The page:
Now that we have created
some variables, we would like to store values in them. We do that with
an assignment statement.
sFirstName = "Mike"; // assign string "Mike"
cFirstLetter = ’a’;
// give cFirstLetter the value ’a’
iHour = 11; // assign the value 11 to
iMinute = 59; // set iMinute to 59
dSeconds = 2.5; // give dSeconds the
This example shows
four assignments, and the comments show several different ways people
sometimes talk about assignment statements. The vocabulary can be
confusing here, but the idea is straightforward:
When you declare a
variable, you create a named storage location.
When you make an
assignment to a variable, you give it a value
A common way to represent variables on paper is to draw a box with the
name of the variable on the outside and the value of the variable on
the inside. This kind of figure is called a state diagram because is
shows what state each of the variables is in (you can think of it as
the variable’s “state of mind”). This diagram shows the effect of the
five assignment statements:
Note: You can also combine these shapes with other flow symbols to
actually diagram your program flow, however that will not be discussed
in this book.
I sometimes use different shapes
and colors to indicate different variable types. These shapes should
help remind you that one of the rules in C++:
A variable has to have the same type as the value you assign it. For
example, you cannot store a string in an int variable.
The following statement
generates a compiler error:
iHour = "Hello."; // WRONG !!
There is one
source of confusion is that some strings look like integers, but they
are not. For example, the string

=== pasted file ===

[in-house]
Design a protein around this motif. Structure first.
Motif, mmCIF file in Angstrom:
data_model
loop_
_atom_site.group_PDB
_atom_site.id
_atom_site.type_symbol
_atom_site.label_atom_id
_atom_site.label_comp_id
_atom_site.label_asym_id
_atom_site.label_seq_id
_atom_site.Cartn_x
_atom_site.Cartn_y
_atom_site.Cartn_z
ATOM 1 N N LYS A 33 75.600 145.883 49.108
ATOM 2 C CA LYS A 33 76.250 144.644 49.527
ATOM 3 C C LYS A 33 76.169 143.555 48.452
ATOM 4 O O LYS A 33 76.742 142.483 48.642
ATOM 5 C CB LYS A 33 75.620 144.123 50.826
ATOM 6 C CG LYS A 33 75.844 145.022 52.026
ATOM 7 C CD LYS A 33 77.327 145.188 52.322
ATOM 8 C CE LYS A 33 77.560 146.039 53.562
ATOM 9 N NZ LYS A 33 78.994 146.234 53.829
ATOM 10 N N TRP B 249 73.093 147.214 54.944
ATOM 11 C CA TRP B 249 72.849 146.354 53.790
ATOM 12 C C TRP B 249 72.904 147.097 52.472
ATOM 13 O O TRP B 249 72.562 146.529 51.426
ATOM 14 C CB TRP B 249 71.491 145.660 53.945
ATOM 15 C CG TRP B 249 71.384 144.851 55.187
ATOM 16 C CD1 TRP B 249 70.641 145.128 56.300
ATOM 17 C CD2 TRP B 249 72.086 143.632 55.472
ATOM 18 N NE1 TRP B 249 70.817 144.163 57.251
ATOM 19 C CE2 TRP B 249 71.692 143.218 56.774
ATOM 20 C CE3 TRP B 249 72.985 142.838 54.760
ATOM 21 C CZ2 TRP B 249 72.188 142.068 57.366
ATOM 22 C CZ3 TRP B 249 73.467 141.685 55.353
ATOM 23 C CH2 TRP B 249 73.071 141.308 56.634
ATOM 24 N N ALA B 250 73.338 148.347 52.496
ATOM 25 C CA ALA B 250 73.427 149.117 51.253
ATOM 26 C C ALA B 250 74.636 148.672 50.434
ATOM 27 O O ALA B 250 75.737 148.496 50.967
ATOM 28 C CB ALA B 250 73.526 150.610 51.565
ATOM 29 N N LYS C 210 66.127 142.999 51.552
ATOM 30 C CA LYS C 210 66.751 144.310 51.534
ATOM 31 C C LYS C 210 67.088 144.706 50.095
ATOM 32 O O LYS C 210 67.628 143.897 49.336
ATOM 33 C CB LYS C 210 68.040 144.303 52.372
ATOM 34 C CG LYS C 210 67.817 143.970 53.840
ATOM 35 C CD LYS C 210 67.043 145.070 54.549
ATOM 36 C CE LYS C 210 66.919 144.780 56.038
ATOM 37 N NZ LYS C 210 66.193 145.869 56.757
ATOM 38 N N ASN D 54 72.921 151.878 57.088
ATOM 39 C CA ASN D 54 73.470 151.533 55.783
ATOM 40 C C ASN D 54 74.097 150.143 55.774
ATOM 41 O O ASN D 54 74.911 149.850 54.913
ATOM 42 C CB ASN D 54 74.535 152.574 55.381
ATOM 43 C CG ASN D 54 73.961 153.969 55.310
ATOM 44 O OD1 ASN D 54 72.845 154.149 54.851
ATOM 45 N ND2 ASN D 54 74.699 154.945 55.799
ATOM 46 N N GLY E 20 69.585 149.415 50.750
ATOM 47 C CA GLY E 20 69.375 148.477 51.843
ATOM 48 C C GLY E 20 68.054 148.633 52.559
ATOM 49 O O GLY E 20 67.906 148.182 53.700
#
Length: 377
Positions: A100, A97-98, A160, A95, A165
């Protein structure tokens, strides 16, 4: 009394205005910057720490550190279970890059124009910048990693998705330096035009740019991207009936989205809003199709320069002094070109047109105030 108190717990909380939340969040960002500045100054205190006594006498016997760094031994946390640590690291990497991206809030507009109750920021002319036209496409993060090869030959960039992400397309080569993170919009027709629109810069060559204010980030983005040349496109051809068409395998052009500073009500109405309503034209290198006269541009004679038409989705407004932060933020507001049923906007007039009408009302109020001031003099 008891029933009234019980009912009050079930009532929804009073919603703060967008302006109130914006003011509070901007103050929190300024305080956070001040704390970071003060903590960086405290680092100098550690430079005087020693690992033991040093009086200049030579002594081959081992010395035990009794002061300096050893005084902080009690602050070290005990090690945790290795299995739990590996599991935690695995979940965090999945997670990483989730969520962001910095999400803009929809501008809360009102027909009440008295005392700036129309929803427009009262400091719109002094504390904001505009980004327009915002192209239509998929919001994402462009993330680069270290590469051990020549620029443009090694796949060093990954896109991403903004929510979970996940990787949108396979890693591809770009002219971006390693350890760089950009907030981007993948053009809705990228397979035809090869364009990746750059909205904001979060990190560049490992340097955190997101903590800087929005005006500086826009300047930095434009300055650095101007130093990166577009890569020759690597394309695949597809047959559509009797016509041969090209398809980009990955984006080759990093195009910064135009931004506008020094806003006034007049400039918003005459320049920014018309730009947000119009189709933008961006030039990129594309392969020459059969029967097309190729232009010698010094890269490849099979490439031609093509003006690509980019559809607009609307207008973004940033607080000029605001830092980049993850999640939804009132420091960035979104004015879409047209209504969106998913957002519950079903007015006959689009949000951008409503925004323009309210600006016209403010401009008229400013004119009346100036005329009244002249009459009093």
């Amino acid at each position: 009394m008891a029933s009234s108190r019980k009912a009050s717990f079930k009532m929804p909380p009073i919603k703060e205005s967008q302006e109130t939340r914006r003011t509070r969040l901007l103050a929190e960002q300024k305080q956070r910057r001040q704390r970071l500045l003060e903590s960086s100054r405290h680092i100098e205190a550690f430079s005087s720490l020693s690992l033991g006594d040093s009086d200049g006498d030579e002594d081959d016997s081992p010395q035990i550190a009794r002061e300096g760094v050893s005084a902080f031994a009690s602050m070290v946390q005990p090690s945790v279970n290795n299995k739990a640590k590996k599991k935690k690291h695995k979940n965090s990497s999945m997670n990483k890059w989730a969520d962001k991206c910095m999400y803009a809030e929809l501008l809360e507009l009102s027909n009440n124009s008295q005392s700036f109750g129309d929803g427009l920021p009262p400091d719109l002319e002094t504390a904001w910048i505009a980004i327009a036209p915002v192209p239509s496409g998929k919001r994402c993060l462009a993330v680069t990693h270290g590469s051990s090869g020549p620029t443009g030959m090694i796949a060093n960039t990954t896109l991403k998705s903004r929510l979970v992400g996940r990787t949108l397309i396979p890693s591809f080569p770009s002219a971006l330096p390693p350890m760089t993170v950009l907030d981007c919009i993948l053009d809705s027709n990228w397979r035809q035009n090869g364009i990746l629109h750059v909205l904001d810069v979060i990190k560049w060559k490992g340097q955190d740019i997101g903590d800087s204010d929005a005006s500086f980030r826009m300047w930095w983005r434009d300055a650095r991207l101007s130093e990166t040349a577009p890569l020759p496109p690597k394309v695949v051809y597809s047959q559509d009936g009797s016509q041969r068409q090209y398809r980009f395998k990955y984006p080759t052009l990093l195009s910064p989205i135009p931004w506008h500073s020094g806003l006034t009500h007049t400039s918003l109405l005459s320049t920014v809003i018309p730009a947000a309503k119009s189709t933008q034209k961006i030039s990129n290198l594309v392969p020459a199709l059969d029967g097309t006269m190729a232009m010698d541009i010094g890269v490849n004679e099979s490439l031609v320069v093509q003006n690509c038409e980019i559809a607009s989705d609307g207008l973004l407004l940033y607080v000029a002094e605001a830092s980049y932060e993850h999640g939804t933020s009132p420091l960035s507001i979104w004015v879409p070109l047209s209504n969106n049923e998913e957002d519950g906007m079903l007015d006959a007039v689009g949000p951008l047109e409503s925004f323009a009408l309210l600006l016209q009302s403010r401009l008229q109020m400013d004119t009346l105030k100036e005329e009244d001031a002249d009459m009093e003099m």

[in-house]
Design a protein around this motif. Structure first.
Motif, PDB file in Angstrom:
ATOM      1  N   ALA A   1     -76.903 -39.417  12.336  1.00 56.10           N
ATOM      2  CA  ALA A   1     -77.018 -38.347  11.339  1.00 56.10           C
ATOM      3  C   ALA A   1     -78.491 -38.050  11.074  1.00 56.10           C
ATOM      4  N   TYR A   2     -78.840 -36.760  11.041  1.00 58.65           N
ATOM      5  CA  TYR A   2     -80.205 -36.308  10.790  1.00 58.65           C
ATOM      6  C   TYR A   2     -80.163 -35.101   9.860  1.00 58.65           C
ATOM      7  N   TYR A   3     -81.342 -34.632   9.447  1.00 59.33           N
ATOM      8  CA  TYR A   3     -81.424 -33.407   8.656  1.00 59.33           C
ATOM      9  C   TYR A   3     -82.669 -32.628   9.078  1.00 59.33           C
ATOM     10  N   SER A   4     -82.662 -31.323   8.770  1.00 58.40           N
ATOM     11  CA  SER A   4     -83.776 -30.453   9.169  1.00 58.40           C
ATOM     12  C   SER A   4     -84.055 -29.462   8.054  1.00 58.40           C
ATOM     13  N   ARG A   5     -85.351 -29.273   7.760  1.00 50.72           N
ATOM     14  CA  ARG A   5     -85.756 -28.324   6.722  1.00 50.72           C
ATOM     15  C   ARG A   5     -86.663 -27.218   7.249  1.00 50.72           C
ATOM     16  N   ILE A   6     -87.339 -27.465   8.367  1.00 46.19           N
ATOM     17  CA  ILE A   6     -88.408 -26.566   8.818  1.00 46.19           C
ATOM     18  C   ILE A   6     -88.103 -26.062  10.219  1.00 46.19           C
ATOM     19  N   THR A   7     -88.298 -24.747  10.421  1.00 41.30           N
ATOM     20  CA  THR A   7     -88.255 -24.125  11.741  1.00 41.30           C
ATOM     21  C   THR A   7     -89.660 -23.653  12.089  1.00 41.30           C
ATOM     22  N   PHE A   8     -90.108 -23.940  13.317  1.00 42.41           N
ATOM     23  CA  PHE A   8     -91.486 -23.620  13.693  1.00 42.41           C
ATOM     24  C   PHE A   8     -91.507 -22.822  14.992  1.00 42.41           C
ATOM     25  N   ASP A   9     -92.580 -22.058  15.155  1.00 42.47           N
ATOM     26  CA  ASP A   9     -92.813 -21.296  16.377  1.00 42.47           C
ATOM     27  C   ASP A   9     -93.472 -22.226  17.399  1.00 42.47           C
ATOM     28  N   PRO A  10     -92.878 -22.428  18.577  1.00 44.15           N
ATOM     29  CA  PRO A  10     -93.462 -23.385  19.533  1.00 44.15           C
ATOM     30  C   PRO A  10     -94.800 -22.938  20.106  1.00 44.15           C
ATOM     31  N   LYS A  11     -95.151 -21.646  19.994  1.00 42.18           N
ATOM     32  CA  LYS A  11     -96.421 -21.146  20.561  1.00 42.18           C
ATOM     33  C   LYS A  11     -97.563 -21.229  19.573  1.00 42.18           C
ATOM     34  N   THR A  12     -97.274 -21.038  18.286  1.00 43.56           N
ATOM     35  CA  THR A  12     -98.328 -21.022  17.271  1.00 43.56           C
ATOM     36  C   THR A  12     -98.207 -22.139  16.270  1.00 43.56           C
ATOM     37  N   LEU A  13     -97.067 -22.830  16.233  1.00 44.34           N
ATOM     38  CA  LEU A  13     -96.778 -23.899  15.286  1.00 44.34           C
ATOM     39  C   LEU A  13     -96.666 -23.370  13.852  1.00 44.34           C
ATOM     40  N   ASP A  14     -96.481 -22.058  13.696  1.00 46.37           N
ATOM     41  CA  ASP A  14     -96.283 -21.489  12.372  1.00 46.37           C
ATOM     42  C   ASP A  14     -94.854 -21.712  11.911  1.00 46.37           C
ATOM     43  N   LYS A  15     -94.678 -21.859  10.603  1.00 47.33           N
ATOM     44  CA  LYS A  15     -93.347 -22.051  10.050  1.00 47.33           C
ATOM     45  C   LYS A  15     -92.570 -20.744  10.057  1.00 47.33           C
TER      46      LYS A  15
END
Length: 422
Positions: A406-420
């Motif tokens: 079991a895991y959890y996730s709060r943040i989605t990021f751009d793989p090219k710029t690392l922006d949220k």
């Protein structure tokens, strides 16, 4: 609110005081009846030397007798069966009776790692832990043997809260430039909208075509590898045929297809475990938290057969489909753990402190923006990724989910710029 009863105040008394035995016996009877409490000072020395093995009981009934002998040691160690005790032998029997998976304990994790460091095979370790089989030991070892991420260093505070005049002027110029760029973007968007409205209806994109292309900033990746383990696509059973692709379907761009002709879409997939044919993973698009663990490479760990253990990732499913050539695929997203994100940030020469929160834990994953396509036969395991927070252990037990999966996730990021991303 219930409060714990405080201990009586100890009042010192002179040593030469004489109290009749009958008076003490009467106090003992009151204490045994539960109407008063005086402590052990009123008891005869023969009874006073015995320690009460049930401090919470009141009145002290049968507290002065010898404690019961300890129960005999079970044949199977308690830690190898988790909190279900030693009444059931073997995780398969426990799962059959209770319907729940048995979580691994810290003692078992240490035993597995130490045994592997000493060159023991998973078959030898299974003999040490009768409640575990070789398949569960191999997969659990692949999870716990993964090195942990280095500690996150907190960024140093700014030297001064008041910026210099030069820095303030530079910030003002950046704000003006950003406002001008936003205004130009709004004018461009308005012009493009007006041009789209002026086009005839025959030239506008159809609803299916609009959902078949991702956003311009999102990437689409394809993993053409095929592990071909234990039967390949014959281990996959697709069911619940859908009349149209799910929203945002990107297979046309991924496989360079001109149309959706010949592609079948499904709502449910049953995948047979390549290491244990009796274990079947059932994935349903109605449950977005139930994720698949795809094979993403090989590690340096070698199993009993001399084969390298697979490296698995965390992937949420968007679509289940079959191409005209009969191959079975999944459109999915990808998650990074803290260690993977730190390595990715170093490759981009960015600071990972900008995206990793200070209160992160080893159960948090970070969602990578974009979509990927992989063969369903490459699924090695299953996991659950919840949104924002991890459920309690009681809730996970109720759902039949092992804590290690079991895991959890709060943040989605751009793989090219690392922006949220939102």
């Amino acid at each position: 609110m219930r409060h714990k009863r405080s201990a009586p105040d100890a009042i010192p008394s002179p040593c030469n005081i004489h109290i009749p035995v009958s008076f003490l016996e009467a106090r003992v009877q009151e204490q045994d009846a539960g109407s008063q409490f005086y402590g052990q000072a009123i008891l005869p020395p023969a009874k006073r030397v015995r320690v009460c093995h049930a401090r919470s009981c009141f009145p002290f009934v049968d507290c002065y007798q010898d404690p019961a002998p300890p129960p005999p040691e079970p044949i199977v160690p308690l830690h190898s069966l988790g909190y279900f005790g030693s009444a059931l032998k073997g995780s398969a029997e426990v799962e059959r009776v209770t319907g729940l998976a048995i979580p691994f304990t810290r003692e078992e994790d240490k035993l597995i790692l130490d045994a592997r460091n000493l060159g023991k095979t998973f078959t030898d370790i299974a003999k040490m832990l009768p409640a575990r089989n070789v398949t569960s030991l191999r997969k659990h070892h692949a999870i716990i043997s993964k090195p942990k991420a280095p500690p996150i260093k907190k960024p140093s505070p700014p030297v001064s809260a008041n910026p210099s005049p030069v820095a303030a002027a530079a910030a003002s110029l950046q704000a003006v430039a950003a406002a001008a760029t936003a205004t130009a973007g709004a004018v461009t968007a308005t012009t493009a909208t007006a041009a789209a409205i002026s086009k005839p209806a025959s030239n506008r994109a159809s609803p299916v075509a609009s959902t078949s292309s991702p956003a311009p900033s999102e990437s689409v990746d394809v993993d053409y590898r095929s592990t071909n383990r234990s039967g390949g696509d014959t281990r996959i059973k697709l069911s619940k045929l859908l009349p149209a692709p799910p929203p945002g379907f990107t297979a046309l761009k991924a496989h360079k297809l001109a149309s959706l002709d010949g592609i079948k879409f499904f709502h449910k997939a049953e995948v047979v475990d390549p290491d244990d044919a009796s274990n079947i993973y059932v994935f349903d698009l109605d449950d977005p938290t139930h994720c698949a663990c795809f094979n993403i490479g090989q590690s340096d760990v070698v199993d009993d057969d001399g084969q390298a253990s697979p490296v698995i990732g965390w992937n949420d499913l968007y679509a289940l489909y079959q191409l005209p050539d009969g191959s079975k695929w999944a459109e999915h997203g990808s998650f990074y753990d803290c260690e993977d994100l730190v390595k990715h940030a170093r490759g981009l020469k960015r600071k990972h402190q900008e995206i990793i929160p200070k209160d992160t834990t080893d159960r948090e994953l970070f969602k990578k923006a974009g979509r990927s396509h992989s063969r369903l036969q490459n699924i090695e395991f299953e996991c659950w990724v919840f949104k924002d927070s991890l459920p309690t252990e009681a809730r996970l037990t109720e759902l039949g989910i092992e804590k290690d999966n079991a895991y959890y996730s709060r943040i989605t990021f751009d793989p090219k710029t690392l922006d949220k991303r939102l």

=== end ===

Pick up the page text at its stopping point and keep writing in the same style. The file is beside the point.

, which is made up of the characters 1, 2 and 3, is not the same thing
as the number
. This assignment is illegal:
iMinute = "59"; // WRONG!
Sometimes values can be converted to another type automatically though.
For example you can assign all these
values to strings and they will be converted automatically. Please keep
in mind that this is a WCM C++ extension and you cannot do the same
thing in classic C++:
string sConverted =
sConverted = 5; // sConverted will be "5"
after this statement
sConverted = 5.0; // sConverted will be
"5.000000" after this statement
sConverted = 'a'; // sConverted will be "a"
after this statement
You can see from this example that it is possible to
assign a value to variable immediately after a declaration:
string sConverted = "some text";
You can also see that it is legal in C++ to make more than one
assignment to the same variable. The effect of the second assignment is
to replace the old value of the variable with a new value. This kind of
multiple assignment is the reason I described variables as a container
for values. When you assign a value to a variable, you change the
contents of the container, as shown in the figure:
There are also other cases when values can be converted to
another type automatically. For example integer values can be converted
do double and vice versa:
double dVal = 5;
// dVal will be 5.0 after this statement
int iVal = 5.72;
// iVal will be 5 after this statement
When you assign a
floating-point value to an integer variable the values are rounded
Another example is
which can be converted to
int iNumber = 'a';
The above statement will assign
is the number that is used internally by C++ to represent the letter
. However, it is generally a good idea to treat characters as
characters, and integers as integers, and only convert from one to the
other if there is a good reason.
Automatic type conversion
is an example of a common problem in designing a programming language,
which is that there is a conflict between formalism, which is the
requirement that formal languages should have simple rules with few
exceptions, and convenience, which is the requirement that programming
languages be easy to use in practice.
More often than not, convenience wins, which is usually good for expert
programmers, who are spared from rigorous but unwieldy formalism, but
bad for beginning programmers, who are often baffled by the complexity
of the rules and the number of exceptions (fun note: it is also bad for
programs, such as aircraft flight controls, that must be extremely
reliable since the ambiguities may give problems at very inconvenient
times. For such applications, more strictly typed languages are often
used). In this book I have tried to simplify things by emphasizing the
rules and omitting many of the exceptions.